Learn How to Get the Most out of Your Website's Personal Branding Photoshoot
& Walk Away with Photos You Can Actually Use!
Whenever a client of mine hires a photographer for a branded photo shoot, one of the first questions I get asked is, “Do you have any tips?” … And the answer is YES, yes I do! While you may be wondering what makes me — a brand strategist and designer — qualified to offer my two cents, let me assure you that getting your designer’s perspective on your brand photography is a very smart move. We may not know the difference between a DSLR and a mirrorless camera, but we can absolutely tell you how to align your photography with your brand and ensure that you walk away on shoot day with photos you can actually use for your website!
See, any good photographer is going to back me up here: Brand photography isn’t just about taking super cute photos of you while you work. It’s about capturing and honoring the visual vibe of your brand with the help of a skilled photographer, on-brand color palette, and strategically styled details. In addition to representing your brand accurately, it’s equally important that your new photos work well with your website from a design perspective.
“Brand photography isn’t just about taking super cute photos of you while you work. It’s about capturing and honoring the visual vibe of your brand.”
Let’s Slay the Website Photoshoot Game
First things first: Choose Your Photographer Wisely
I’m going to start with the obvious: You’re going to need to hire a photographer. But not just any photographer! Is your brand vibrant and light with lots of white space? Moody and editorial? It’s absolutely critical that you take your time exploring portfolios and finding a photographer whose artistic style is a good match for your brand. For example, I’m a sucker for the dark and moody aesthetic, but my brand is as colorful as they come, so it’s important that I hire photographers whose aesthetic is loud and colorful.
In short, the photographer you choose has the power to make or break your brand aesthetic. Let’s make sure you bring your brand’s A-game from the start by choosing a photographer whose visual style aligns with yours.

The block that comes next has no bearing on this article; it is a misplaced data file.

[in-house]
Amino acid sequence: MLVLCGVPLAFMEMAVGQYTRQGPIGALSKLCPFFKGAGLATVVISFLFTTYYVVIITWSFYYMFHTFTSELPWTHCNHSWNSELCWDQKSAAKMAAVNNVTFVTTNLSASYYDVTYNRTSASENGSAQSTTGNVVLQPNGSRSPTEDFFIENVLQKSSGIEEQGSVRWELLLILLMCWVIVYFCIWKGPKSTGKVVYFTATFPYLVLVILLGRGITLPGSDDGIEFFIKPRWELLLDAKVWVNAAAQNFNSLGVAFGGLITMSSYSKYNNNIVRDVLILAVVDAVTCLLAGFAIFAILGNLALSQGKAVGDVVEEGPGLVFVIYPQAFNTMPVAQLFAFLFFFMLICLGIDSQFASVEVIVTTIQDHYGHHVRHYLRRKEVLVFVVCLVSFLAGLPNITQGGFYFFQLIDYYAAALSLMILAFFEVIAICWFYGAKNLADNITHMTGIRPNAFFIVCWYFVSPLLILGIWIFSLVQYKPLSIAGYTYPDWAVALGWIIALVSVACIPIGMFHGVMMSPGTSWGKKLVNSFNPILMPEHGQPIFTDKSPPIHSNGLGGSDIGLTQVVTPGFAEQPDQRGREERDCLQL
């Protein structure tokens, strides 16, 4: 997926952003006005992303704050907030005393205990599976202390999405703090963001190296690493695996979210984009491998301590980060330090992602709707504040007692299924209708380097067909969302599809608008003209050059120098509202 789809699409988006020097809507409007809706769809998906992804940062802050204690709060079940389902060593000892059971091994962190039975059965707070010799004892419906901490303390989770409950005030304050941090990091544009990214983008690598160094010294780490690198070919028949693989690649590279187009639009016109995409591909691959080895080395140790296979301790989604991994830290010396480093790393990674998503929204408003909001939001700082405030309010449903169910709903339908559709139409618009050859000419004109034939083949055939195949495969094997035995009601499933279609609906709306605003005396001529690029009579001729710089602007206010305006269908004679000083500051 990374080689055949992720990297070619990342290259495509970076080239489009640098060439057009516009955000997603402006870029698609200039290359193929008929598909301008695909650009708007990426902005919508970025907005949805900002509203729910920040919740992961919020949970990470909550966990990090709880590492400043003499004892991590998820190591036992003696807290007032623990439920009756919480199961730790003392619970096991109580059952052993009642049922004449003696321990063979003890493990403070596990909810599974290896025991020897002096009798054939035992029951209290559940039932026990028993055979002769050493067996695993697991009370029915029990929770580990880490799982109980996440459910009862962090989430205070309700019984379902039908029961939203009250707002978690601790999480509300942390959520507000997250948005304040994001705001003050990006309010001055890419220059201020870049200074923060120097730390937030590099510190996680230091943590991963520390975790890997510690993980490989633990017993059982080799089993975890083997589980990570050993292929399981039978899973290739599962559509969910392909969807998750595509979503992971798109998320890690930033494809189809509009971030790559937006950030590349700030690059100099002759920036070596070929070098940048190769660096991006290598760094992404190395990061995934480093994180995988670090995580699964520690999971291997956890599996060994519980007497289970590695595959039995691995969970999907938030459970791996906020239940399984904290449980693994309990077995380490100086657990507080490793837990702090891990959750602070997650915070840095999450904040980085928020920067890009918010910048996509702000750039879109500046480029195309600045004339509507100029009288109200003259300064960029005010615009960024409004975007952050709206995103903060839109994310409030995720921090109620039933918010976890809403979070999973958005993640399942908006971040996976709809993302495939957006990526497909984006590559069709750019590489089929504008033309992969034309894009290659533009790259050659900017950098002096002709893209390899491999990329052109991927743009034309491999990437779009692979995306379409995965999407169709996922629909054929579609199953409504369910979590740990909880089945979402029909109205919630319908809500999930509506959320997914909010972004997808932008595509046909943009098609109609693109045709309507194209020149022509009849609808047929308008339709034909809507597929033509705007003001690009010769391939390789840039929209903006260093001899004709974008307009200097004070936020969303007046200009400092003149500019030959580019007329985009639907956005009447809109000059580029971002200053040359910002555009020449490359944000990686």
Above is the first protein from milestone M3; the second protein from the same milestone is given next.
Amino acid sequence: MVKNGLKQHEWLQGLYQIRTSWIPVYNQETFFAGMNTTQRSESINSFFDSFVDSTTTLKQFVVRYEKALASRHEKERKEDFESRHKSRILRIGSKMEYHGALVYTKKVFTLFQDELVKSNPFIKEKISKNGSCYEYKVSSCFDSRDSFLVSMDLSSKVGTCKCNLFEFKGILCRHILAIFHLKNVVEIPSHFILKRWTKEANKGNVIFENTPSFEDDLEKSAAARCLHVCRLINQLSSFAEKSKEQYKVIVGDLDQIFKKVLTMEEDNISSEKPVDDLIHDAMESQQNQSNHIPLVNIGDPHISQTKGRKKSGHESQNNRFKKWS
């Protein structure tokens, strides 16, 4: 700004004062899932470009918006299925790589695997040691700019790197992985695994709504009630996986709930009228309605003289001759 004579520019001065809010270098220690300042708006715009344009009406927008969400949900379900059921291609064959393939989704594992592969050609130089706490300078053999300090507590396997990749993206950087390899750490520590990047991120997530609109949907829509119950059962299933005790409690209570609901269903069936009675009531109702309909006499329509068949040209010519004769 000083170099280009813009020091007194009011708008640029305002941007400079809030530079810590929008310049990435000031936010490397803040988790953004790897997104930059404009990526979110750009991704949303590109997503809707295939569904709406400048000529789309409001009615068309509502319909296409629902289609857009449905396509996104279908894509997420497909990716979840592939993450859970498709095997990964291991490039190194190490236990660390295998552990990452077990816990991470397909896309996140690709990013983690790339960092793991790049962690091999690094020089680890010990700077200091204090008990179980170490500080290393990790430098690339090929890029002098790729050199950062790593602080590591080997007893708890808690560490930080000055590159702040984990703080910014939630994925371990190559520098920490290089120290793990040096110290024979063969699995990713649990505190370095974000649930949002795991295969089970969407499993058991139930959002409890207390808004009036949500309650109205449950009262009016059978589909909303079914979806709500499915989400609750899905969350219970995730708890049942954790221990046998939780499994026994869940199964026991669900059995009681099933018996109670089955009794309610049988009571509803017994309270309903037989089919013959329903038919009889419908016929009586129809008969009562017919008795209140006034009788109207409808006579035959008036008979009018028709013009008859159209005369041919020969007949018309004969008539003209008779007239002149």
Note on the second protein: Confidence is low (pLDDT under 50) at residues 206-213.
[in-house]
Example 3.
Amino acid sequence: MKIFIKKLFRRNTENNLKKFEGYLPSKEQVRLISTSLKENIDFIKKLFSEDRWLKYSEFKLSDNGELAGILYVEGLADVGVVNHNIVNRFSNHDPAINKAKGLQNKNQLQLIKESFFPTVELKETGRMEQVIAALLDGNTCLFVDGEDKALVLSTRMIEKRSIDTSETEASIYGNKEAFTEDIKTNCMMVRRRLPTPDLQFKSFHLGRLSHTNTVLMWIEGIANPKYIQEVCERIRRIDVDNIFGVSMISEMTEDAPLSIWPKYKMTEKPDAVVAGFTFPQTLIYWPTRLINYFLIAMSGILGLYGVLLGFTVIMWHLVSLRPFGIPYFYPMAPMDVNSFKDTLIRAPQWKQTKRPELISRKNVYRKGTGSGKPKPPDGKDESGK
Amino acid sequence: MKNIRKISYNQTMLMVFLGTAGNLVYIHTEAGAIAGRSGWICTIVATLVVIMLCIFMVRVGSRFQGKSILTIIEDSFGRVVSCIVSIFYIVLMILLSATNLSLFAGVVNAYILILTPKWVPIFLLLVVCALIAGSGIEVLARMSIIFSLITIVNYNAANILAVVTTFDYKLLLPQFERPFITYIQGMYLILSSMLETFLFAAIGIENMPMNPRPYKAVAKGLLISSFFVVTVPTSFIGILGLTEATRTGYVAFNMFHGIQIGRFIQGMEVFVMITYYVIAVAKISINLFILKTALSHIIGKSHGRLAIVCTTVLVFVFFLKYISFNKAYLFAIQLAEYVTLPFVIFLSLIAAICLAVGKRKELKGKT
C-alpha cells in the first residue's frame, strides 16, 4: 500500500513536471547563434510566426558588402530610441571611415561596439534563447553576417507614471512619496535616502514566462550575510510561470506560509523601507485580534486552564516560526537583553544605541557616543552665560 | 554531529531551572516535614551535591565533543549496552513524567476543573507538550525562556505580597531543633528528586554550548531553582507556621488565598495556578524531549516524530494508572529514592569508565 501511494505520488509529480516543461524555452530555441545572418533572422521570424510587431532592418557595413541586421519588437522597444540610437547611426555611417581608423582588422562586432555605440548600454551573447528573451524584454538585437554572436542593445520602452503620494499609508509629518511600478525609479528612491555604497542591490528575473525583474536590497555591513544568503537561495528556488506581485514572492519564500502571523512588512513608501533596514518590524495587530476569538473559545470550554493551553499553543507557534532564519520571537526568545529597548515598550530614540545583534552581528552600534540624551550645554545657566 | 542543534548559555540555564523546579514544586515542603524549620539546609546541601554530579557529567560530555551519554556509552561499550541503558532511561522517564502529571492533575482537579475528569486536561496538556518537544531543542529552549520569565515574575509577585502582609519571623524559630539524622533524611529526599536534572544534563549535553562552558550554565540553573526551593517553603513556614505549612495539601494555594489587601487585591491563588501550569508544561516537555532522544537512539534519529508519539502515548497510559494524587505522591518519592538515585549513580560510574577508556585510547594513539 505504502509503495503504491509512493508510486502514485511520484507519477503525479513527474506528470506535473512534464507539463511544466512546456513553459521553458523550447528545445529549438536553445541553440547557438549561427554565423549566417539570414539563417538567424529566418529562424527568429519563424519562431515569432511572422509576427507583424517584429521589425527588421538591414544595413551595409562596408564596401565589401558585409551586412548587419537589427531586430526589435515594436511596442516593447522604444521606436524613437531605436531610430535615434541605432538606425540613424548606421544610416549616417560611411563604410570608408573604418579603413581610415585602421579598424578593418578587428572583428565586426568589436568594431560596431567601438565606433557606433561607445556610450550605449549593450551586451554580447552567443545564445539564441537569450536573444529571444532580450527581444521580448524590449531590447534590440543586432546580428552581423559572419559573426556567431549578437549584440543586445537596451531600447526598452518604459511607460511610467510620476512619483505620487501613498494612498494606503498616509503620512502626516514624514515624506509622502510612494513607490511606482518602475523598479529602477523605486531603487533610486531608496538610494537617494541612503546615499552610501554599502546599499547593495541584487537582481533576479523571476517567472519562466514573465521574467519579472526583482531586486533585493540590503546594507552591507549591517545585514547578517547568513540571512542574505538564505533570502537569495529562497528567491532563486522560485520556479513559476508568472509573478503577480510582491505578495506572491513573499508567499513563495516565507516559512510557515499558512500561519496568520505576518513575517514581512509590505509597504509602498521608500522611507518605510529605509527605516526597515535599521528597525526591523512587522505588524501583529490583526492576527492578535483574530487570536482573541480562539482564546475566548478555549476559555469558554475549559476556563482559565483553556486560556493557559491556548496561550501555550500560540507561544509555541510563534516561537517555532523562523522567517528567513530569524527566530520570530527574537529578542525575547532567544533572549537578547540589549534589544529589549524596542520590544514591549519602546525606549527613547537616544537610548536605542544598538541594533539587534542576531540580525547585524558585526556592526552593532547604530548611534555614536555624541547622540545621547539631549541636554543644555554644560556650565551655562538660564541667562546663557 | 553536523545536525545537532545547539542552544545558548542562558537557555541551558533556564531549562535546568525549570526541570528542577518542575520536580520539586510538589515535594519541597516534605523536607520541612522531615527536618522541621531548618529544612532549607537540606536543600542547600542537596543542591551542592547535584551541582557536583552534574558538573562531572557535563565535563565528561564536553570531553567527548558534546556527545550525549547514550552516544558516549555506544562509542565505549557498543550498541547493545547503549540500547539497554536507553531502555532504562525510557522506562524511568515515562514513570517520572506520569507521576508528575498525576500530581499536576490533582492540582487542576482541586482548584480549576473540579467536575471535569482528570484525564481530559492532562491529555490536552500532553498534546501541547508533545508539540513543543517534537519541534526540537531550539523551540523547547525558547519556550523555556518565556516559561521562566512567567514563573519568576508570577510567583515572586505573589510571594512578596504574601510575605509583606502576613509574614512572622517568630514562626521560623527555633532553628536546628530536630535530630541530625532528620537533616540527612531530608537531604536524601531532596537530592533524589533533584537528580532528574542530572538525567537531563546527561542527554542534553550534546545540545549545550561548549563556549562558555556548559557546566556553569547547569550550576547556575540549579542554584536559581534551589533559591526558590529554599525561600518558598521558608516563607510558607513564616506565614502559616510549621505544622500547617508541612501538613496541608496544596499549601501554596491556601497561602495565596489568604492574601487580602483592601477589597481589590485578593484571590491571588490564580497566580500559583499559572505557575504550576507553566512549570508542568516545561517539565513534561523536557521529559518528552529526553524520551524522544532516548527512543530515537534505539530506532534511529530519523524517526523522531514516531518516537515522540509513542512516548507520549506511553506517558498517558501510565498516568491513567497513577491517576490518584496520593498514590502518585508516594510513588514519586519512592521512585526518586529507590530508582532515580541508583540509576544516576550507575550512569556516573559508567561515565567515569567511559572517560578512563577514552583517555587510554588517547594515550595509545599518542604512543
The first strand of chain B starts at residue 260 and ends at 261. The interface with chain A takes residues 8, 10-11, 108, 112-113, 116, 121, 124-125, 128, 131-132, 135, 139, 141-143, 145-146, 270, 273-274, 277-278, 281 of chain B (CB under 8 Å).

Keep Your Eye on The Prize: Focus On Your Color Palette
Speaking of color, your brand’s color palette matters more than you think! A strong, consistently-executed color palette serves as a hallmark characteristic for your brand. Have you ever been scrolling through Instagram and seen a post, ad, or story and immediately recognized who it belonged to without first reading the user handle… just because you knew that color palette and visual aesthetic? Yep. It’s THAT kind of subliminal voodoo I’m talking about. You want that. How do you get it?
Choose 2-3 of your brand colors to use consistently during your photoshoot.
Wear them and accessorize with them!
Keep the overall color palette of your outfits simple; Stick to solids vs. patterns unless otherwise recommended by your photographer, and go with neutral colors (except for those in your color palette — this will help your brand colors to stand out).
Keeping the overall color palette of your session relatively neutral will allow your brand colors to lead as the life of the party in your images. This is key to achieving a consistent, on-brand vibe throughout your website!
Don’t Miss A Beat: Write Out Your Small-Biz Shot List
As your designer, there’s nothing worse than having to tell you that we can’t use any of the photos from the shoot you’ve spent loads of time and money on. I’m going to let you in on a little secret: In web design, different types of images are used to achieve a certain look and feel. Banner images, for example, are often used as backgrounds with written copy floating over the top. And in order for us designers to ensure that the photo doesn’t compete too much with that copy, it’s important that banner images have white space and/or areas that are out-of-focus (i.e. bokeh effect). It’s also important that banner images are in landscape orientation to avoid awkward cropping. To make a long story short, there IS such a thing as ‘best practice’ when it comes to choosing photos for your website. Ideally, you’d leave your photo shoot with…
Detail, lifestyle and portrait shots (think styled accessories vs. images with human life)
A styled mockup or two designed to support your portfolio or shop, if applicable (a mockup is a styled image with an element that can be changed out; for example, an artist might use a styled frame mockup to showcase her artwork)
A healthy mix of images in landscape and portrait orientation
Lots of images with copy space (i.e., room to overlay text in a way that doesn’t compete with the image itself)
I know that keeping track of ALL THE THINGS can be tough, so my advice would be to put together a “Shot List” for your photo shoot that highlights all of the things you want to capture. And remember, your photographer is the pro here — don’t forget to ask them what they’d recommend, and don’t hesitate to lean on them either! Most importantly? HAVE FUN!